The past few years have challenged us with illness , isolation and despair in ways that we had not collectively experienced before . This has left us with mental health struggles at an all-time high , racial injustice asking us to look inward in new ways , and reconsidering what work / life balance means for us . We are seeing trends like the “ big quit ” where folks are moving jobs , even where they live , in search of work and life experiences that have deeper meaning and where wellness is supported .
The time felt right to open the conversation about our shared experiences of trauma , stress and emotional wellbeing beyond the walls of the therapy office into the community . We sought to break the stigma and isolation that can come in our times of struggle . That is how the podcast , Pathways to Resilience , began . We reached out to folks from a variety of experiences and perspectives , and talked with them about how they tap into their own resilience . What are the tools , practices and lessons that helped them harness resilience in the face of adversity ? This column will share with you excerpts from these conversations in hopes that you are inspired to look within as well , and perhaps begin to build and practice your own resiliency playbook .
A great example of tapping into fear in order to find purpose is Megan Bull . Megan survived both the Gilroy Garlic Festival shooting and a hit-and-run car accident within one year .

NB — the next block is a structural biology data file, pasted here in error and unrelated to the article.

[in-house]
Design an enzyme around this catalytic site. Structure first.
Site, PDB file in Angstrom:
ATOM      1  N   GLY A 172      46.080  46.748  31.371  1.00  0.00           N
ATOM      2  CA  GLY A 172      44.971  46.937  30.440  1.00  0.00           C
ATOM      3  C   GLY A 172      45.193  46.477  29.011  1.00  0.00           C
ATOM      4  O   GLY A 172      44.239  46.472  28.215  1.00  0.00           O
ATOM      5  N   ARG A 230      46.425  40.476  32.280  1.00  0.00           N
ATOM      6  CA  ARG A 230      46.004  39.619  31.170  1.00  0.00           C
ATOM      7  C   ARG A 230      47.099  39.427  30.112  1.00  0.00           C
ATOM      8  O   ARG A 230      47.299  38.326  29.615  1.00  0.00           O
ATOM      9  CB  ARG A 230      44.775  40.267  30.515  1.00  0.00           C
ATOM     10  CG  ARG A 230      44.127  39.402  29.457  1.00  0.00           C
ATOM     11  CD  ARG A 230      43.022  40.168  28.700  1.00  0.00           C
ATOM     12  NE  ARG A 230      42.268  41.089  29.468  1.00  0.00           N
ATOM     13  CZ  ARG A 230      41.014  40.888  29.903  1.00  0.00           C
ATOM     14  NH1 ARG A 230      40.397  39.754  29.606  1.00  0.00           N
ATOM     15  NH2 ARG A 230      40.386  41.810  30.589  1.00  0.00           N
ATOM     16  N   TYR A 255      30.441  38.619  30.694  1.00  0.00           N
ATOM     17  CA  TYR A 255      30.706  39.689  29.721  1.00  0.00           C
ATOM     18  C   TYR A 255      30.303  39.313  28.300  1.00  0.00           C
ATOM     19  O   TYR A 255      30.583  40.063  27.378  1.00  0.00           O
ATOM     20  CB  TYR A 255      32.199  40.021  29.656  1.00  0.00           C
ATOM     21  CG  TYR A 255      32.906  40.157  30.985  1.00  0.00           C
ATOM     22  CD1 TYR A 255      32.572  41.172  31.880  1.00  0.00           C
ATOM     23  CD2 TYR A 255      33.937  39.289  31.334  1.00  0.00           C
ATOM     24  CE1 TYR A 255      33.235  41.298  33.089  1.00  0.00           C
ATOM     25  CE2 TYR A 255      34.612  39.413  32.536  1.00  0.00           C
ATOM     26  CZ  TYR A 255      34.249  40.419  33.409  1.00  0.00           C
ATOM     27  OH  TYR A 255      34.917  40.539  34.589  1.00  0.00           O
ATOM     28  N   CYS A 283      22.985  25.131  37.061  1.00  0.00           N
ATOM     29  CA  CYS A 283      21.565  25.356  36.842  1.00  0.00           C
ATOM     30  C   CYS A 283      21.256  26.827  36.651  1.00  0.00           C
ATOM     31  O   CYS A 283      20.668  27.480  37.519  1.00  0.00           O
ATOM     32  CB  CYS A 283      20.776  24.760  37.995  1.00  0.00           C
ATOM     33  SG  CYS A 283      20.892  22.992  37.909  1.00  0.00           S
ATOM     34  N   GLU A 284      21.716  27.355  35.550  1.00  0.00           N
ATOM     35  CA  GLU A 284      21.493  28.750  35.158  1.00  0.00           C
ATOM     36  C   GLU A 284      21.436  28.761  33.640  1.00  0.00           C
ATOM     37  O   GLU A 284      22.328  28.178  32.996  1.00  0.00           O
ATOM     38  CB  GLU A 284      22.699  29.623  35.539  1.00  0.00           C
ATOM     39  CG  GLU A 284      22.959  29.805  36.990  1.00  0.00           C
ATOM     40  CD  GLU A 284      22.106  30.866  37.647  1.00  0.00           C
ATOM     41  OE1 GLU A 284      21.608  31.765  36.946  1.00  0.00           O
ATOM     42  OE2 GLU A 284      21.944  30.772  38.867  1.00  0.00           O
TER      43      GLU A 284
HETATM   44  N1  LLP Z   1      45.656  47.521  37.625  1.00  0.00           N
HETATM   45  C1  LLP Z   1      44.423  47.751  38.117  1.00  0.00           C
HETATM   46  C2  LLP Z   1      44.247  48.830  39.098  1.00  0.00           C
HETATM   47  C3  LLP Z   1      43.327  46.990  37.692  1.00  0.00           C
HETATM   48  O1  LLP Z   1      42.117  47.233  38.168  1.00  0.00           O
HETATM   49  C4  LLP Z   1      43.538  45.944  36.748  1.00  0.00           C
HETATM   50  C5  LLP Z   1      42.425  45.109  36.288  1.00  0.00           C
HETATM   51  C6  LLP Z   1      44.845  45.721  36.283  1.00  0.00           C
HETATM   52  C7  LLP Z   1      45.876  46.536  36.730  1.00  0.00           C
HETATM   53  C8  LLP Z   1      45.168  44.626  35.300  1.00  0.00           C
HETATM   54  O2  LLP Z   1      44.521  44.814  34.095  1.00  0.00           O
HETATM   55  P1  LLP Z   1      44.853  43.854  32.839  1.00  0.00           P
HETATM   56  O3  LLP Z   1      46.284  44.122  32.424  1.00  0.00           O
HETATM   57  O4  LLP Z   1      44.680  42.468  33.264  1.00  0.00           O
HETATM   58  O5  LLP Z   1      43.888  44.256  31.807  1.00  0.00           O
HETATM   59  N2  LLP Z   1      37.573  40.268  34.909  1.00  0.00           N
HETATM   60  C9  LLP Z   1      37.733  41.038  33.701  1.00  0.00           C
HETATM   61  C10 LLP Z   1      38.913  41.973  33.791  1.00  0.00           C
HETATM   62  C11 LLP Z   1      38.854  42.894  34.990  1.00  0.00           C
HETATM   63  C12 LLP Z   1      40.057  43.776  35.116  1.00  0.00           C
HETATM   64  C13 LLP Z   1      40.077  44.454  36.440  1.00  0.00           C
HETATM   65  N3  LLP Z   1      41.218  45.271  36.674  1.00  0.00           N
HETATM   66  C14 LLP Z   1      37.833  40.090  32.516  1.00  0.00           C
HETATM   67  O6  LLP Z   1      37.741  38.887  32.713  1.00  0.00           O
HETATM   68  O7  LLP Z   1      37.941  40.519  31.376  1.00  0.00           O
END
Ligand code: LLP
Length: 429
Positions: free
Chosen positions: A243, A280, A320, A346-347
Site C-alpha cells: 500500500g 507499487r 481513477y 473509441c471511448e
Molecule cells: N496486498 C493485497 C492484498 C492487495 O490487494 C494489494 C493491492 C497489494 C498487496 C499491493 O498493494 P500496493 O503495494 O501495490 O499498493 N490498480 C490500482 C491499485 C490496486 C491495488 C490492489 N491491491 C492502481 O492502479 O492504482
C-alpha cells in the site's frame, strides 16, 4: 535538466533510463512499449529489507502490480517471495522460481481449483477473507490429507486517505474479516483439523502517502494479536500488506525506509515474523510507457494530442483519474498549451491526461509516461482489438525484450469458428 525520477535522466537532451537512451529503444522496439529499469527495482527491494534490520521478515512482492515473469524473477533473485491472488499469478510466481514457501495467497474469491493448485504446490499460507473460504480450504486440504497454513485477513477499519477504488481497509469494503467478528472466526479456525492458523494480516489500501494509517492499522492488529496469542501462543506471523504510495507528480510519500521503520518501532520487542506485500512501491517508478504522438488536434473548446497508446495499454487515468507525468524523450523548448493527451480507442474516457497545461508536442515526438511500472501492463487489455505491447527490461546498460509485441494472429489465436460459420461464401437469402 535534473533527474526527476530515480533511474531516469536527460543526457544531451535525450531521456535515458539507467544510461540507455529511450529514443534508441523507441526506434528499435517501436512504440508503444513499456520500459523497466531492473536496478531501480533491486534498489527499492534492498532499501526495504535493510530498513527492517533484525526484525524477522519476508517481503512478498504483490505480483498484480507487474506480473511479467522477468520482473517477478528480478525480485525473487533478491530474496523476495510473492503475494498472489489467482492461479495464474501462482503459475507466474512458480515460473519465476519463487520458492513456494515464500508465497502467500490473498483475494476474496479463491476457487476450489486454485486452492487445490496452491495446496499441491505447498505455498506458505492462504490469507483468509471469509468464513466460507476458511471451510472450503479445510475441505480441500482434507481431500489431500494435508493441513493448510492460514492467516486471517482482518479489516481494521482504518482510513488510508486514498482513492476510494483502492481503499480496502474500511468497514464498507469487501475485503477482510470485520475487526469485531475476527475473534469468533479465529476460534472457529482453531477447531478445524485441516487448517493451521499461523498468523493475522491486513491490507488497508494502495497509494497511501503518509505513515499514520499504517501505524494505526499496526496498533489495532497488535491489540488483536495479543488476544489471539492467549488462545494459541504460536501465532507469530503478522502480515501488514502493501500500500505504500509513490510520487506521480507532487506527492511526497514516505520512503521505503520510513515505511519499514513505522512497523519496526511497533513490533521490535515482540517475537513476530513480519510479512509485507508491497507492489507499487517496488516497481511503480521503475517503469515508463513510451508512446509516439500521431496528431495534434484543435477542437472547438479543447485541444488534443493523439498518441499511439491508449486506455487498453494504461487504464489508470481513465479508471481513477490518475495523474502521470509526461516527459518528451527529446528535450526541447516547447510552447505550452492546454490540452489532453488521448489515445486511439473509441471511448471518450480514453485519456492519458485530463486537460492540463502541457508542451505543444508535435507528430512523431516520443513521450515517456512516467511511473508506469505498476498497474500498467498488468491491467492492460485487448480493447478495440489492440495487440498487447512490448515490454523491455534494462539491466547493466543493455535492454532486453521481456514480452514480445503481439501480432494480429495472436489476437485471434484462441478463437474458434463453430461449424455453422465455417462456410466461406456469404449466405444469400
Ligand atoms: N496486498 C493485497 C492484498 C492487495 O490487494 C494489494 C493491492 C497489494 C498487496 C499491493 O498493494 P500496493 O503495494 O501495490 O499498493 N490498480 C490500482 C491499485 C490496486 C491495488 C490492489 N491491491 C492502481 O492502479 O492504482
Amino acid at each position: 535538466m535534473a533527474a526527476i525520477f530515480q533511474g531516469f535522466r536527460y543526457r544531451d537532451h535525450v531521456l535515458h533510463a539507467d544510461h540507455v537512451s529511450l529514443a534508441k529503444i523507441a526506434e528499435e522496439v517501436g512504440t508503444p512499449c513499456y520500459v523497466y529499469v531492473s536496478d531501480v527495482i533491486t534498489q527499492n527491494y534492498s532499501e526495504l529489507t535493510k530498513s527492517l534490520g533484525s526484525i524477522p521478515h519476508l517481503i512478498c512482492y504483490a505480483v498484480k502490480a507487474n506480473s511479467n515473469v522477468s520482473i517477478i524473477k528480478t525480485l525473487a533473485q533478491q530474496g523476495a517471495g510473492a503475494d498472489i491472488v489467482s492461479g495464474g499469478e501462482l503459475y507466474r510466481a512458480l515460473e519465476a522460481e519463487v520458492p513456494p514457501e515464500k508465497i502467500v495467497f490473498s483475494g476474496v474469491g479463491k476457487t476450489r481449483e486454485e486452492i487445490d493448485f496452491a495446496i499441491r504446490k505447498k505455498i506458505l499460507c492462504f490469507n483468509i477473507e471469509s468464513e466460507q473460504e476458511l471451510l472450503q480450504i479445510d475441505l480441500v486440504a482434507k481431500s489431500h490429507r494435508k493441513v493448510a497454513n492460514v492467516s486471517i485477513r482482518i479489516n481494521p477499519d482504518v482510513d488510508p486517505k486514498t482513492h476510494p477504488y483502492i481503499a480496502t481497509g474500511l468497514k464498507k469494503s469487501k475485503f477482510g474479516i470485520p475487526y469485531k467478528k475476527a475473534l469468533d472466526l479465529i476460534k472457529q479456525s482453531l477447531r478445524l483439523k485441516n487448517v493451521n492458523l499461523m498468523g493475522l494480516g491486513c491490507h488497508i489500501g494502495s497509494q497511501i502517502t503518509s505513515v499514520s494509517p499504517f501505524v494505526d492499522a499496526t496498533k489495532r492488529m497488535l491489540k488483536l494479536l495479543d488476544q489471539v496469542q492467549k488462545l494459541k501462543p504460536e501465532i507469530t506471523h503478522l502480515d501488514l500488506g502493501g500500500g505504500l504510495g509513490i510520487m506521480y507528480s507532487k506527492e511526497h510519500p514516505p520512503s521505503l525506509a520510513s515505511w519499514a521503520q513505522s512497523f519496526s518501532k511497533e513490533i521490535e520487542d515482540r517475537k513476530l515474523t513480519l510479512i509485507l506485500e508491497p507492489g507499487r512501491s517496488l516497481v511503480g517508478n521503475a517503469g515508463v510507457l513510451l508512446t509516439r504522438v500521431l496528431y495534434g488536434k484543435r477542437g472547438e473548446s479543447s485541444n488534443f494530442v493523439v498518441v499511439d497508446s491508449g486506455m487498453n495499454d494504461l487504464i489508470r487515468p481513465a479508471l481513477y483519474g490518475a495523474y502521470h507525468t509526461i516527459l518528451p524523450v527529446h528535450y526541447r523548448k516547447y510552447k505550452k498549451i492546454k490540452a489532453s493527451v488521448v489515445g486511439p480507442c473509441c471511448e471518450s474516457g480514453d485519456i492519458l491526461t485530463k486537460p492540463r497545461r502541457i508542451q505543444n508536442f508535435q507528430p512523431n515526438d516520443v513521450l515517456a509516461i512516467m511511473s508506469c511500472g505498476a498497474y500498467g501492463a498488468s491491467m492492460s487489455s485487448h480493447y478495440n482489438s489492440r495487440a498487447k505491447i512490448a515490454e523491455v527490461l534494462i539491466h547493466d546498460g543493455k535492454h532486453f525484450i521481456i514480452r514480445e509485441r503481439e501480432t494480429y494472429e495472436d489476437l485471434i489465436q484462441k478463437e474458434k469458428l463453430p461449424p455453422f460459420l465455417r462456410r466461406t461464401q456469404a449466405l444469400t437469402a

As she lived through the initial months of surviving these traumas , she struggled with feelings of helplessness , depression and isolation . These feelings brought about a sense of shame and embarrassment because she felt like she should be able to bounce back and take care of herself . As she began her path to healing , she realized that the shame and embarrassment were actually masking her fear of being vulnerable — afraid that allowing people to support and care for her made her weak . She shared the power of vulnerability to change the story she was telling herself . We each can look to do this . How are we telling ourselves that we are not enough or that our struggles aren ’ t “ big enough ” to really matter ?
How can we shift our story by being willing to share these thoughts with a friend , a therapist — or even our journal ? Allowing ourselves to be vulnerable — to be honest about how we are doing and what we are feeling — is being courageous and a positive step in taking care of ourselves .
Accessing our Fears & Allowing Vulnerability from conversations with
Guryan Tighe , Fear Technician at Fourage and Megan Bull , CEO of Reclaim Foundation
Guryan ’ s work challenges us to look at our fears as our greatest teacher . We often don ’ t talk out loud about our fears , and many times don ’ t even admit them to ourselves . When we pause and look at what we are afraid of , it can help us to discover our “ why ” and how to live it . The first step is to Fourage ( Courage with an “ F ”) your purpose : This is having the courage to look at our fears in a way that gets to the root of what we really want . For example , if our fear is rejection , our want may be acceptance . Our purpose could be seeking meaningful connections with people who support and accept us and becoming that person for others .
Melissa Santos is a Sr . Director at Community Solutions , a behavioral health organization serving Santa Clara County . Her Pathways to Resilience podcast institute bringing learnings and conversations about trauma , wellness and resilience to the community . Listen in on Apple , Google , and Spotify , and learn more on our website : www . CommunitySolutions . org
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